David Cameron urges voters to listen to Brexit experts and warns against untruths

Voters are ‘being conned into taking a leap in the dark’ says prime minister

Prime minister David Cameron:  “it’s time that the Leave campaign was called out on the nonsense that they are peddling.” Photograph: Daniel Leal-Olivas

Prime minister David Cameron: “it’s time that the Leave campaign was called out on the nonsense that they are peddling.” Photograph: Daniel Leal-Olivas

 

David Cameron has urged voters to “listen to the experts” about the risks to the UK of quitting the European Union, as he accused pro-Brexit campaigners – including some of his cabinet colleagues – of lying about Britain’s prospects outside the EU.

In a hastily arranged press conference in London, the prime minister listed six key Leave claims which he said were “complete untruths”.

He accused the Brexit side of “complacency and nonchalance” about the consequences of EU withdrawal, after spokesmen including justice secretary Michael Gove suggested voters should dismiss economic experts’ assessments.

Mr Cameron said warnings about repercussions of Brexit from experts including the World Trade Organisation, the chairman of the US Federal Reserve and the Institute for Fiscal Studies amounted to a “reality check” for voters ahead of the June 23rd referendum.

He highlighted a warning from Hitachi chairman Hiroaki Nakanishi, who told the Daily Mirror that international investors would “hold back” on investment in the UK during the period of uncertainty which would accompany the renegotiation of Britain’s relations with the EU, at the cost of jobs.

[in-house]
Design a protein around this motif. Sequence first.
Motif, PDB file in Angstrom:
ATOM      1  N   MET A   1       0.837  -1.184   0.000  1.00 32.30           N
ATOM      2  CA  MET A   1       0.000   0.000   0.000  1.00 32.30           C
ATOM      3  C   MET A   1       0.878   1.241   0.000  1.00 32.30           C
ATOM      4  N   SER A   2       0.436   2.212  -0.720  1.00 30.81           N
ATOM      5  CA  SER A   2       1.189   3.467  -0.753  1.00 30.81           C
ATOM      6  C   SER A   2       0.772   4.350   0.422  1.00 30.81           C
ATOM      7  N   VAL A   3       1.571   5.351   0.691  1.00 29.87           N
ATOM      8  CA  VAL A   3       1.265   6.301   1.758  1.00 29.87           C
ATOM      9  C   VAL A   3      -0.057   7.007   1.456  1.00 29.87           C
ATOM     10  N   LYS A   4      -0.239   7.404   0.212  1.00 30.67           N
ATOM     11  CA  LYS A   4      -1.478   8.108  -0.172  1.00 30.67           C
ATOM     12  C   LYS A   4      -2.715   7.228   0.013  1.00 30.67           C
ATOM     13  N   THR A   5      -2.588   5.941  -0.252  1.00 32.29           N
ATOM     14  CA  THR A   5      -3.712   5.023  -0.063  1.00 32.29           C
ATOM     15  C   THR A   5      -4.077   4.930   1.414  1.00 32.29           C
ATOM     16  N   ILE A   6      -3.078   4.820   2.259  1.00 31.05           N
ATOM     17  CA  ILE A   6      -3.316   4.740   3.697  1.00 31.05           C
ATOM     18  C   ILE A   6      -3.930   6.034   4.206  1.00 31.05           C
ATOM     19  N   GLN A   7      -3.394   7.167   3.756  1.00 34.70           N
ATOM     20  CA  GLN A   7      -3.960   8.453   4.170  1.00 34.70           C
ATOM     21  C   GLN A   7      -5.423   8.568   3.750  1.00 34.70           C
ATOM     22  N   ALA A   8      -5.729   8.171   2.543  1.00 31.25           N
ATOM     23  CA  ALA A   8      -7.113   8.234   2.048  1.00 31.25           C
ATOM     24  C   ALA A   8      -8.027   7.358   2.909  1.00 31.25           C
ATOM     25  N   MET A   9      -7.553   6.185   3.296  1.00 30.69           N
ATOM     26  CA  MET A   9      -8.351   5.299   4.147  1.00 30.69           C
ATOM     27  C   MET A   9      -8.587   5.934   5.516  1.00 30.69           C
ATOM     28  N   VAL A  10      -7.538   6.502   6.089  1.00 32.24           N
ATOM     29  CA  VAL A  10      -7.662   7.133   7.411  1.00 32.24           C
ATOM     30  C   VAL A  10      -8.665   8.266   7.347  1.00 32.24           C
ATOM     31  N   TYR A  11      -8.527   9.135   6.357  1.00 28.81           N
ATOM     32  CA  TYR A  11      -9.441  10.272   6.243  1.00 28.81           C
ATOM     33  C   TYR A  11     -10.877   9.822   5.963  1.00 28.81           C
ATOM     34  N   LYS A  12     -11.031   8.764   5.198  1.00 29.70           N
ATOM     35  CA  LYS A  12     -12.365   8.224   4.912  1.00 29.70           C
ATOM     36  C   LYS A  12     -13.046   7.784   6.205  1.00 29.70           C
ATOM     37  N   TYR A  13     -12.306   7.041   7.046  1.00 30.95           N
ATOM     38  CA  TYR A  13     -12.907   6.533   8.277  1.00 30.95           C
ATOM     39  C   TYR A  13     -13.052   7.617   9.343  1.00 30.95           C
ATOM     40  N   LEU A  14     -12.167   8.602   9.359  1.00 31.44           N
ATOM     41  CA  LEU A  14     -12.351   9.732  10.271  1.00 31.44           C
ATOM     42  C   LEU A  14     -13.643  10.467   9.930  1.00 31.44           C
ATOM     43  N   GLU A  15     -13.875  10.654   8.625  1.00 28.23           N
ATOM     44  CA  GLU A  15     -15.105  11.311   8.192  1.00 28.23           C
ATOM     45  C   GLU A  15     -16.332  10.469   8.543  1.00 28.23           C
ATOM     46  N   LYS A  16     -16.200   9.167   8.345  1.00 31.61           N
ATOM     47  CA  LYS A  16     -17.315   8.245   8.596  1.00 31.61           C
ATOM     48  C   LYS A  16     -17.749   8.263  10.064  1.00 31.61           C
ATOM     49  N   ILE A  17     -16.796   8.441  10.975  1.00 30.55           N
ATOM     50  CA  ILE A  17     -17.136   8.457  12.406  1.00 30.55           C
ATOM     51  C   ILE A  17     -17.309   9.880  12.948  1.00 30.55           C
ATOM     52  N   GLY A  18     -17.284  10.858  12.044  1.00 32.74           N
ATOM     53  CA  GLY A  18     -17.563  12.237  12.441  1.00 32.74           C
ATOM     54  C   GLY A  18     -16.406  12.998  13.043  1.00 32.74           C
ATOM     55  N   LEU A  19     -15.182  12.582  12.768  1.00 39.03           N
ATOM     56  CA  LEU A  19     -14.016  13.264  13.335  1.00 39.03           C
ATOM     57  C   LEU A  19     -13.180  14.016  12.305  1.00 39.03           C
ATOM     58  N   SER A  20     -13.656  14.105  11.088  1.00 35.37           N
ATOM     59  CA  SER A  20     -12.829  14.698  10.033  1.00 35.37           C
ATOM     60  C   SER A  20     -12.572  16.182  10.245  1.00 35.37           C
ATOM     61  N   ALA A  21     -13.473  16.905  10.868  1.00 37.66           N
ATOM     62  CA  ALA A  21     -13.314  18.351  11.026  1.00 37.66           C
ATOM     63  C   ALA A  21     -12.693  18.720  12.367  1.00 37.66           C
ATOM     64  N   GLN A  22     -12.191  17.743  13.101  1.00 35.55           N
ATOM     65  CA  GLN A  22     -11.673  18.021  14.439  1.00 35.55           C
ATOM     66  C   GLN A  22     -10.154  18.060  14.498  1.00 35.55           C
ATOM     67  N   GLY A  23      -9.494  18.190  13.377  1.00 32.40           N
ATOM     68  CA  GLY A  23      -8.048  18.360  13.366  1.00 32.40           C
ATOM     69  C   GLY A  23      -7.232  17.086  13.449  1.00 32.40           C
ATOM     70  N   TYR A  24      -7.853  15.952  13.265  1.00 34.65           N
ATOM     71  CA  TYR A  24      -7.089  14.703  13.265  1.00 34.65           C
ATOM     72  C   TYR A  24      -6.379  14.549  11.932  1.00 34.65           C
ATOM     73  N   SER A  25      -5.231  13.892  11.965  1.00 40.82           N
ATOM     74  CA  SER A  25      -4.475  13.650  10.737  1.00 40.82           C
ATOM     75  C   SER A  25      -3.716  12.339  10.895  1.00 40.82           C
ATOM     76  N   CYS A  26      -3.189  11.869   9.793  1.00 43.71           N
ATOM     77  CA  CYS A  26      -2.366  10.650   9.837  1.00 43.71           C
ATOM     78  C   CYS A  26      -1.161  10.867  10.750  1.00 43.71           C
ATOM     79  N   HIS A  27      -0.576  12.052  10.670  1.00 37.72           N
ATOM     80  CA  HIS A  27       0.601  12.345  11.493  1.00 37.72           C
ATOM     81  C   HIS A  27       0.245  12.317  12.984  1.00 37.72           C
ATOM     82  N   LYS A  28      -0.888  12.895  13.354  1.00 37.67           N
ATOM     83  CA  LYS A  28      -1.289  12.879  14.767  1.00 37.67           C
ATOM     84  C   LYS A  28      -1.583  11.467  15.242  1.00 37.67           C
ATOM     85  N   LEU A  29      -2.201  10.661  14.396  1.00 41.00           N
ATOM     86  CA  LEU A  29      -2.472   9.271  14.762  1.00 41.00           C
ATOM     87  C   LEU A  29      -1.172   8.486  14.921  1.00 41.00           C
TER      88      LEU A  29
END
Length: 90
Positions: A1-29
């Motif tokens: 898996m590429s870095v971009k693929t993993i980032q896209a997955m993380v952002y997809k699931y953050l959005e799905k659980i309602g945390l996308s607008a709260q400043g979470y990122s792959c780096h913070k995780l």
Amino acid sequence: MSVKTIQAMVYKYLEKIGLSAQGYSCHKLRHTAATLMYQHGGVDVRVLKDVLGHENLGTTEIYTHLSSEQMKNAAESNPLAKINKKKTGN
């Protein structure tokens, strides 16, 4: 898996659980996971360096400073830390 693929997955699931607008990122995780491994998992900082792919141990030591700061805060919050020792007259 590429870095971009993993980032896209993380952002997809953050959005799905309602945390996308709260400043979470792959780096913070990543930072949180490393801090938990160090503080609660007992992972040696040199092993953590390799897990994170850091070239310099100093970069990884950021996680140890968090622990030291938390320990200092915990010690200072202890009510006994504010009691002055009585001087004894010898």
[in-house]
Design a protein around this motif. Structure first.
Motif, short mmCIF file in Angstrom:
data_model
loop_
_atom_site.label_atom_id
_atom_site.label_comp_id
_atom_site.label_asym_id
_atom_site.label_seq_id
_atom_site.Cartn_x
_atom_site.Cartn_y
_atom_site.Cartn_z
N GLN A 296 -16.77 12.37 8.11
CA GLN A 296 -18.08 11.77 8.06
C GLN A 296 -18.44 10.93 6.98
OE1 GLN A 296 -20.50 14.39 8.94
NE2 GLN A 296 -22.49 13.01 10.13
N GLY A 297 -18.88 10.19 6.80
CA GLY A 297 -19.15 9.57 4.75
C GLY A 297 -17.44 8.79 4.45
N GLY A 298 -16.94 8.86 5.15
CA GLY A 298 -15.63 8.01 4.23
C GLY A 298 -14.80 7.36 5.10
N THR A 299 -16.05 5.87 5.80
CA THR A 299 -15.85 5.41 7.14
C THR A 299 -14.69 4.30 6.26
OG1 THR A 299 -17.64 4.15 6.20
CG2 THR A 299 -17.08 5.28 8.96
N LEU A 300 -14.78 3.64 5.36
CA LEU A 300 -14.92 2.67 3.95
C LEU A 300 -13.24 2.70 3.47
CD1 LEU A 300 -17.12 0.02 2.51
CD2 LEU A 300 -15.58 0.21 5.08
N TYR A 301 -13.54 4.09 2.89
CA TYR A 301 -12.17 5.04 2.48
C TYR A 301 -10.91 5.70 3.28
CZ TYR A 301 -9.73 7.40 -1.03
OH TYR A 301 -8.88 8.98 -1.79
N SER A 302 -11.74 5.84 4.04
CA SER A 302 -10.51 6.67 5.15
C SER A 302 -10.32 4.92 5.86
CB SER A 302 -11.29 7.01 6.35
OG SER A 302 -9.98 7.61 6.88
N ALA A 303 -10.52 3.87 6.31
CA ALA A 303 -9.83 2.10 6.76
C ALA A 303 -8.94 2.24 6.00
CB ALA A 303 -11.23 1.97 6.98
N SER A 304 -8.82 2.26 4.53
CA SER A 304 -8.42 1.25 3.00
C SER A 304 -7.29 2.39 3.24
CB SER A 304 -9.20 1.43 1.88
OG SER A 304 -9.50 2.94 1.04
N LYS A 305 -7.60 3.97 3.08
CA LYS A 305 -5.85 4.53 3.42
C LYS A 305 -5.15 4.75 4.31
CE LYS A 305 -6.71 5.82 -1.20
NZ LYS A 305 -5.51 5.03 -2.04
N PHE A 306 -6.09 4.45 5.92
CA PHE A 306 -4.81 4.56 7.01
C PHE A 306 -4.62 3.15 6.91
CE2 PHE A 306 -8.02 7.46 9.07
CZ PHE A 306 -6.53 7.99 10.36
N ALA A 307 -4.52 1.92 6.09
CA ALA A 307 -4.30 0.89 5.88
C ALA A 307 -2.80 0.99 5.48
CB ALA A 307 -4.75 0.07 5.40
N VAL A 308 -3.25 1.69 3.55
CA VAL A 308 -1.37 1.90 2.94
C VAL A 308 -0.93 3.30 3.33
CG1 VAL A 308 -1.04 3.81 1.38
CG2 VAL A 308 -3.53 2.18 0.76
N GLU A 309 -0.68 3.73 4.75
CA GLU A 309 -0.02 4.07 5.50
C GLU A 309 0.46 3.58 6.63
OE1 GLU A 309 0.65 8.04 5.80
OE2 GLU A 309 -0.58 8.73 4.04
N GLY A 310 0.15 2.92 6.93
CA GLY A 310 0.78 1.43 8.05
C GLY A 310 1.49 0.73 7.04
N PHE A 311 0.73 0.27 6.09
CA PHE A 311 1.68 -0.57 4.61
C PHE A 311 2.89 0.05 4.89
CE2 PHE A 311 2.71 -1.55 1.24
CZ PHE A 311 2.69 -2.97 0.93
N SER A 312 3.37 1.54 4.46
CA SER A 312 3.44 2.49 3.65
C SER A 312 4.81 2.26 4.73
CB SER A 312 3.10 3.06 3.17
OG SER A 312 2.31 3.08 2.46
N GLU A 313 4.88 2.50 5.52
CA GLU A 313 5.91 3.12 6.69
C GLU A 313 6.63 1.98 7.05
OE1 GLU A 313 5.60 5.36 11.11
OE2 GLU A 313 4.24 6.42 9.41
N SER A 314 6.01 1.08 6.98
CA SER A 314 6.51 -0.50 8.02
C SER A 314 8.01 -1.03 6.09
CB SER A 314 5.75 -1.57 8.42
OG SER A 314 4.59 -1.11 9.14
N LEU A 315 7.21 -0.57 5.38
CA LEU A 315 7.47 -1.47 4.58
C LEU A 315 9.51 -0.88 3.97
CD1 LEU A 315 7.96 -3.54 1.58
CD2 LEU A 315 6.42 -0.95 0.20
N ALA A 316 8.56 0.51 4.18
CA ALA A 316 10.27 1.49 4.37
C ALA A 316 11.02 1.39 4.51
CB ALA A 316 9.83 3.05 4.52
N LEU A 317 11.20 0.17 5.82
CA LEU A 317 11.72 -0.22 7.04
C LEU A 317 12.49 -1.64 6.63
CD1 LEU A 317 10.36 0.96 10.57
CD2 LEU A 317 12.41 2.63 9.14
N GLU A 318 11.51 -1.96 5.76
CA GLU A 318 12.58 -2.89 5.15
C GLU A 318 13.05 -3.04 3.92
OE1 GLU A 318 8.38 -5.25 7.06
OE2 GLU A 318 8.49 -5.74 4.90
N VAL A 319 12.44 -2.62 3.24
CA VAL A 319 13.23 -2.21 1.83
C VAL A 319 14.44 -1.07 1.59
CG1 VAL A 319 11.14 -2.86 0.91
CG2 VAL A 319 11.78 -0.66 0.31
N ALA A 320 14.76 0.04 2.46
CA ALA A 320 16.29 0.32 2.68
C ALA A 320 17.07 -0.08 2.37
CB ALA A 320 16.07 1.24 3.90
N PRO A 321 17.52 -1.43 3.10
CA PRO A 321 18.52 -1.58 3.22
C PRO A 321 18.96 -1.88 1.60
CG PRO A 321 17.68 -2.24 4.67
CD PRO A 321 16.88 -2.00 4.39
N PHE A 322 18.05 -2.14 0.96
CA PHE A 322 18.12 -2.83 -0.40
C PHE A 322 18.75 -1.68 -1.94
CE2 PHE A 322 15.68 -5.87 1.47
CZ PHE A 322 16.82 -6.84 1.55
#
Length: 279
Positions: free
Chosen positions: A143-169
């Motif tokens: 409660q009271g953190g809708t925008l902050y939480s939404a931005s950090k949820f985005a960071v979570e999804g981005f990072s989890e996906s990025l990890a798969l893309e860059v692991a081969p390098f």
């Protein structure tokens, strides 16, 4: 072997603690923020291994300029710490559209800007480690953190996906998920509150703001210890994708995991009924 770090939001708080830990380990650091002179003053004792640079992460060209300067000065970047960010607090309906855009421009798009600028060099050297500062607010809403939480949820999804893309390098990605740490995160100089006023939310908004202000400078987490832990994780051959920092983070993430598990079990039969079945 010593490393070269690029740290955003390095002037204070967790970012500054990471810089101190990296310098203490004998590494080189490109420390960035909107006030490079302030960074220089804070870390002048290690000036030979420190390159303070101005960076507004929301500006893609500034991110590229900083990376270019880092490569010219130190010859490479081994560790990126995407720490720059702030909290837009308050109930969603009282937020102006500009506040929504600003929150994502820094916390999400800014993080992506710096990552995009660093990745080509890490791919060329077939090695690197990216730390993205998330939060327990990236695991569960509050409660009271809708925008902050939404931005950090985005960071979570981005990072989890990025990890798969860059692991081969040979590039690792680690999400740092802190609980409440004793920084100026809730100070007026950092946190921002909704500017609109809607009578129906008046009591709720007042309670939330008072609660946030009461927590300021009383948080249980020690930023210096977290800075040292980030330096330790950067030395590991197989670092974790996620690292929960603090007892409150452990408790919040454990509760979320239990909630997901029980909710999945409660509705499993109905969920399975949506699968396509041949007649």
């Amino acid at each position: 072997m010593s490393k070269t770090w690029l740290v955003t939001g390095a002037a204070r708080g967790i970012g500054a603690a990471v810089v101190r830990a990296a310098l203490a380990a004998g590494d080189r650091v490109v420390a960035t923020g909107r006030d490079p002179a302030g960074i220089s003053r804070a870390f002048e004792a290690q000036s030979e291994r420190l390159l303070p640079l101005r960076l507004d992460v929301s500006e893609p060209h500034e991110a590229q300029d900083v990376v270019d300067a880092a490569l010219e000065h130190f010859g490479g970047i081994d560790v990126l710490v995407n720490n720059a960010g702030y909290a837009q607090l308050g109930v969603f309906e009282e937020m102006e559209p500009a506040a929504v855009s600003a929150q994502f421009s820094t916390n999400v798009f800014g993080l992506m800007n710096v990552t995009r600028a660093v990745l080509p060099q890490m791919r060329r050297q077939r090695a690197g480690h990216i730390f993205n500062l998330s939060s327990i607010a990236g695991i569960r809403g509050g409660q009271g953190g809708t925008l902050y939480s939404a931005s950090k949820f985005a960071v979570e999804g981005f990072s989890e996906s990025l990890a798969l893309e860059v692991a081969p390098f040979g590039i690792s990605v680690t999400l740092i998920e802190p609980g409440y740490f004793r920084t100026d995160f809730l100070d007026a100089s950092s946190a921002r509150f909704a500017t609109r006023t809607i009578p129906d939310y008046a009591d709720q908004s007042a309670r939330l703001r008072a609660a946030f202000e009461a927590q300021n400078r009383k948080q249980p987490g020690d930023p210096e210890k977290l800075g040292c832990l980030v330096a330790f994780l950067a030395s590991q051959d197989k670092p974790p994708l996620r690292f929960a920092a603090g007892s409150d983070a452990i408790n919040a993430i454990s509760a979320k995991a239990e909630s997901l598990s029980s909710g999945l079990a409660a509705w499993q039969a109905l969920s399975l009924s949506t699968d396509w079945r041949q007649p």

Mr Cameron said: “Credible experts warning about risks to our economic security on one side and a series of assertions that turn out to be completely untrue on the other.

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“A Leave campaign resorting to total untruths to con people into taking a leap in the dark. It’s irresponsible and it’s wrong and it’s time that the Leave campaign was called out on the nonsense that they are peddling.”

In the past few days alone, he said, Vote Leave had made untrue claims that Britain could be liable for future euro zone state bailouts and could lose its rebate and veto powers; could be forced to increase its contribution to the EU budget and be powerless to stop the creation of an EU army.

Estimates

He said estimates of the money that could be saved were contradicted by “every credible economic organisation”.

In a swipe at Vote Leave leaders including Mr Gove, he added: “They say people have had enough of hearing from experts, had enough of experts. Would you say that if you were building a bridge or if you were buying a house? I don’t want an expert opinion on the mortgage, on the building survey? Of course not.

“Why would you say it about one of the most important and complex decisions that this country will have to take in our lifetime?”

Last week Mr Gove said he was “glad” a wide range of independent economic organisations were against Brexit, because they had been wrong on subjects including the global crisis and the euro in the past.

Mr Cameron rejected suggestions that his intervention was a sign of panic over polls suggesting public opinion is swinging towards a Leave vote. But he said he wanted to ensure that voters did not make their decision on the basis of incorrect information. Mr Cameron was last night set to join Ukip leader Nigel Farage to face a grilling from a TV audience in a live ITV referendum special.

It comes after Brexit campaigners claimed Brussels laws meant British judges were unable to return offenders to their EU countries of origin.

Vote Leave published a dossier of 50 criminals – including Learco Chindamo, who murdered London headmaster Philip Lawrence in 1995 – that the UK has been unable to deport.

However, immigration minister James Brokenshire said the prime minister’s deal with Brussels gave the UK greater control over deportation and warned that Brexit would deprive the UK of the ability to use the European Arrest Warrant.

(– PA)